(Part 1 of a two-part series)

In celebration of Earth Day, we’d like to talk about the emerging concept of application sustainability. Application sustainability looks at the overall energy efficiency consumed both during the development of the application and the execution of it in production. The thesis is that we can help the environment by minimizing higher energy development and deployment models. The Green Software Foundation created the Principles of Green Software Engineering in 2019. This outlines principles such as, “Build applications that are carbon efficient.” But what are the factors that really determine whether an application is sustainable? Some of you may have read about the sustainability benefits of programming in Rust, but language choice is only part of the formula.

Hardware Versus Code

Back in the mainframe days, a big machine sat in the middle of a concrete floor in a room. That was the only requirement back then … concrete flooring. COBOL, a mainframe coding language, was massively used. In fact, every time you withdraw money at an ATM, a COBOL program might still be running somewhere to make it happen. By the time we got to client-server deployments, machines were getting faster and smaller, and we engineered the hardware to deal with the fact that the code was taxing processing power. This drove up the electricity costs for the company. Rack density was a big change, too — where we previously fit a few machines in a rack, we now do hundreds — making the cooling of these machines the top-line cost in data centers.

Nowadays, if you’re a cloud-first or cloud-only customer, the cloud provider is everything, and it has the unenviable task of proving that it’s driving energy consumption (measured in terrawatt-hour, or TWh) down. However, data center TWh is up slightly, while efficiency in the hardware has gotten better over the years. So, if the hardware vendor is making the hardware more efficient (and they are), why doesn’t it translate to decreased energy usage? Or, as hyperscalers have been able to keep energy consumption levels modest (despite the huge computation growth), why are we still talking in terms of big TWh numbers that are worrying from an energy consumption and sustainability perspective? The answer is that we have to look at the application itself.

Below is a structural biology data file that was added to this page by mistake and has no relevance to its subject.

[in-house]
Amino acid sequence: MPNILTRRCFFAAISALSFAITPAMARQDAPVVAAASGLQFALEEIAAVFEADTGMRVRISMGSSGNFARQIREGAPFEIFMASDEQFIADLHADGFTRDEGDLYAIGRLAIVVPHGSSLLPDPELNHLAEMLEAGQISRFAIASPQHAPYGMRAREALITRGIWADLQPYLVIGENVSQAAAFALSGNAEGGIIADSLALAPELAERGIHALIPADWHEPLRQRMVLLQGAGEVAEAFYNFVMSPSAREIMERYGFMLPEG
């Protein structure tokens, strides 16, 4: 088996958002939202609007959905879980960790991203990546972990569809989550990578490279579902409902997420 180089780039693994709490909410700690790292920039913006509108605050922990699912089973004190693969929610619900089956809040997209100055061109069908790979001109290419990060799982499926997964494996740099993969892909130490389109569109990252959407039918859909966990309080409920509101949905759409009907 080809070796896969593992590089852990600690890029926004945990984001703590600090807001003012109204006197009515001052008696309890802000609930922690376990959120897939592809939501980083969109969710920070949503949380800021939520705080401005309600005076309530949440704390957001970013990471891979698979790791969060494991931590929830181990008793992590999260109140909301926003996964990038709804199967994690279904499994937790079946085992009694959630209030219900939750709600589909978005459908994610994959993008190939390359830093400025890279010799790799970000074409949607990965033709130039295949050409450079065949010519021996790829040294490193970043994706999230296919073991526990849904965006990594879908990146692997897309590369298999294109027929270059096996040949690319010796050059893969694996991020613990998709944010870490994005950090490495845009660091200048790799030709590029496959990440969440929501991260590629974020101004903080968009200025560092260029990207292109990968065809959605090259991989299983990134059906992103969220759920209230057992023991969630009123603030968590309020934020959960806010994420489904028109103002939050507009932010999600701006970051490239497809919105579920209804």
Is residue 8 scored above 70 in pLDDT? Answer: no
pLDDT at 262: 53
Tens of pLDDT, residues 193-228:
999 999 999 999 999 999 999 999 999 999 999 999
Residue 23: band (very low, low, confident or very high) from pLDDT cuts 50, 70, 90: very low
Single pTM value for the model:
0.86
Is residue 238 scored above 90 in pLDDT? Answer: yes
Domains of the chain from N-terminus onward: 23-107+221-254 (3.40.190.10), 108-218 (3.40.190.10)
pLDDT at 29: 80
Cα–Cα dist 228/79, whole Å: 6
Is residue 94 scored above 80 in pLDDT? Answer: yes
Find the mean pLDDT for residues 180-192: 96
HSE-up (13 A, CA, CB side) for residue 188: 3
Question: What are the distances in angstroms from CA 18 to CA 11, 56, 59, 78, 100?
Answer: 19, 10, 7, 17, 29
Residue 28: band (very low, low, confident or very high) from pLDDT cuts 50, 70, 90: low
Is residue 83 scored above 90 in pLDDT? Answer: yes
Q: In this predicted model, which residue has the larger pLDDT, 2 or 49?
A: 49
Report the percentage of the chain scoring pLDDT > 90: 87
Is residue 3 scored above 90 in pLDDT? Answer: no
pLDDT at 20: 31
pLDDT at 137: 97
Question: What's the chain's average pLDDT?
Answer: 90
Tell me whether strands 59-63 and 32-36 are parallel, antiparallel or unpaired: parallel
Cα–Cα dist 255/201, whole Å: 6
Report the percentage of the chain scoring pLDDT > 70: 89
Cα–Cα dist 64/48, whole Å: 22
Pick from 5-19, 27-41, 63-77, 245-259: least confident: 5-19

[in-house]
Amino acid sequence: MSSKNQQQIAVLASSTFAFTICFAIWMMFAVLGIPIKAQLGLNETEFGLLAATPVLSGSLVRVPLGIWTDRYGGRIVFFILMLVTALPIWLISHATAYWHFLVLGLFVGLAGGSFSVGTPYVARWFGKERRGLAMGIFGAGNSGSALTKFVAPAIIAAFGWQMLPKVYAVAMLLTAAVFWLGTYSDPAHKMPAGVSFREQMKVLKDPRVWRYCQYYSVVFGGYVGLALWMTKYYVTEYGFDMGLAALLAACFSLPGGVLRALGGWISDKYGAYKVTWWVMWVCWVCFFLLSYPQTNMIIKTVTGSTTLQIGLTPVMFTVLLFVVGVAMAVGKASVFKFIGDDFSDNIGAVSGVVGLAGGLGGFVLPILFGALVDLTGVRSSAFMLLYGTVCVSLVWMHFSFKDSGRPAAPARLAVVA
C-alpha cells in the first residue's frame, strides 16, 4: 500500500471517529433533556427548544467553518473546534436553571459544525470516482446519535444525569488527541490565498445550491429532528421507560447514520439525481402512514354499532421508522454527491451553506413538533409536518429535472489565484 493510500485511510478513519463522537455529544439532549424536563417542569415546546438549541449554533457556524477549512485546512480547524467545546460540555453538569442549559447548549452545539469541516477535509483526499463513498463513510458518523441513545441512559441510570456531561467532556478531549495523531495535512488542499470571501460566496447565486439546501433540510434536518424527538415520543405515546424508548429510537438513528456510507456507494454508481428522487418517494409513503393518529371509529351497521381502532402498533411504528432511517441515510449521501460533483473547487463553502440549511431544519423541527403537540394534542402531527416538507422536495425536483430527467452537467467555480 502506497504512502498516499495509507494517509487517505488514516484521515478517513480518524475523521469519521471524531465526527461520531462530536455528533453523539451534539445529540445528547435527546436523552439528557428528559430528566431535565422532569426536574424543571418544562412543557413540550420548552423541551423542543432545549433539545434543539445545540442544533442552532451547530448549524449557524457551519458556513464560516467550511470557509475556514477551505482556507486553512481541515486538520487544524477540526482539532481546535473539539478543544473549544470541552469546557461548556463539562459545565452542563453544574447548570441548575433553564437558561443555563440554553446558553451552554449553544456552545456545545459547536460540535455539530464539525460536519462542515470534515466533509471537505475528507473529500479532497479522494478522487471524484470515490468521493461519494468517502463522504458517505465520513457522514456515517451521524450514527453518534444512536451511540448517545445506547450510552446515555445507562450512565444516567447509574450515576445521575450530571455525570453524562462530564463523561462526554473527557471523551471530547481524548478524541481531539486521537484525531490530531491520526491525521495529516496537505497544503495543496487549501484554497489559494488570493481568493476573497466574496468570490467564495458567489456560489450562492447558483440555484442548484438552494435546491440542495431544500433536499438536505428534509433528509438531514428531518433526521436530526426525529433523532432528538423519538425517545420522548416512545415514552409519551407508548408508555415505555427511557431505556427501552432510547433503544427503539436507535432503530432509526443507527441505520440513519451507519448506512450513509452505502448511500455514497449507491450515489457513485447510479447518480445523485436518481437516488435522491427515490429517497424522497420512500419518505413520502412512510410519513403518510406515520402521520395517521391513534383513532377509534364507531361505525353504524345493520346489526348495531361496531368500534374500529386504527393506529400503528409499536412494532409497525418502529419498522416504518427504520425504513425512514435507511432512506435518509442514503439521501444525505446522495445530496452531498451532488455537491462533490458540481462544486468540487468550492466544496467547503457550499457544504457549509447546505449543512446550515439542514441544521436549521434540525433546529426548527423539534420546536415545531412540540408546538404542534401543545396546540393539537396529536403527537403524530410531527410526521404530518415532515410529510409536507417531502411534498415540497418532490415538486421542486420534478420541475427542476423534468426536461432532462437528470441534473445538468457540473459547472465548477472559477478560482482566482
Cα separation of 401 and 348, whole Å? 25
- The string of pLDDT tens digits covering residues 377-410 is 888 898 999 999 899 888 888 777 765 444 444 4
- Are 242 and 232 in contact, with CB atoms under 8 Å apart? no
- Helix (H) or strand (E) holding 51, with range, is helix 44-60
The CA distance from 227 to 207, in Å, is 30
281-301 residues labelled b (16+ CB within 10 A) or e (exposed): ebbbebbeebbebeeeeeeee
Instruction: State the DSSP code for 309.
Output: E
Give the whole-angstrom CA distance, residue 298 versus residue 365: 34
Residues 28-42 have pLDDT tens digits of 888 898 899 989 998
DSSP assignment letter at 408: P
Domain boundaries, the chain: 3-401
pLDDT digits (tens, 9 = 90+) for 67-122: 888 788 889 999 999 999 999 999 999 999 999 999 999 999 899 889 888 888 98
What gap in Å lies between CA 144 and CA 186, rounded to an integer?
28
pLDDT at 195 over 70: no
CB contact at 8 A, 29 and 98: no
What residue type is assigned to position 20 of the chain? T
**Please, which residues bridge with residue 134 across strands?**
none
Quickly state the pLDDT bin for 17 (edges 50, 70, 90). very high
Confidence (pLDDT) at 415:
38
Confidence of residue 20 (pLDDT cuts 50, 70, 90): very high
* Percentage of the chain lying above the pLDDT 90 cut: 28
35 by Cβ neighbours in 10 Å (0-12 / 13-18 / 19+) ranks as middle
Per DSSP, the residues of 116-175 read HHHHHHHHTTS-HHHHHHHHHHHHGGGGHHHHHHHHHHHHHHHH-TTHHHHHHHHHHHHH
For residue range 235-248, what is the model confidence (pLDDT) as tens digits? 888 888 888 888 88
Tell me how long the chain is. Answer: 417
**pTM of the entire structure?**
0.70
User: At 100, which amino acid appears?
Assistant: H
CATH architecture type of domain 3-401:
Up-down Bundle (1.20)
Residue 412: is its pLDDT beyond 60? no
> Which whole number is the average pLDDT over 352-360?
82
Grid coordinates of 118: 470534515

Higher Abstraction = Higher Energy Cost, But There Are Trade-Offs

So, what makes a sustainable application? The early promotors have focused on the code, pointing out that lower-level programming languages like Rust and C are more efficient than Java and much more efficient than Perl, Python, or Ruby. That’s bad news for low-code platforms, which bring an ever-greater level of abstraction as they bypass professional developers entirely and cater to citizen developers. The reality is that by bringing the application closer to the business user (good!), we’re making an implicit choice to lose control over how that application uses energy (not so good). But sustainability of low code or no code will depend on the high coders of the vendors building the platforms themselves: Their libraries and abstracts could be less or more efficient.

Indeed, low code isn’t going anywhere. When skills shortages make experienced developers hard to find, low-code developers can quickly step in and build apps to meet business requirements. We’re not going to teach citizen developers Rust. And even if we tried, the energy costs in doing so, and in having a lot of inexperienced Rust developers trying to code, may very well cancel out any sustainability improvements from the language alone. There are a lot of ways to develop energy-hogging applications, and it’s not just by using abstract programming languages. What else should environmentally conscious developers, architects, and defenders think about? Part 2 of this series will drop in two days.

This blog post is part of Forrester’s Earth Day 2022 series. For more Forrester insights on sustainability, see the full set of Forrester’s climate action blogs.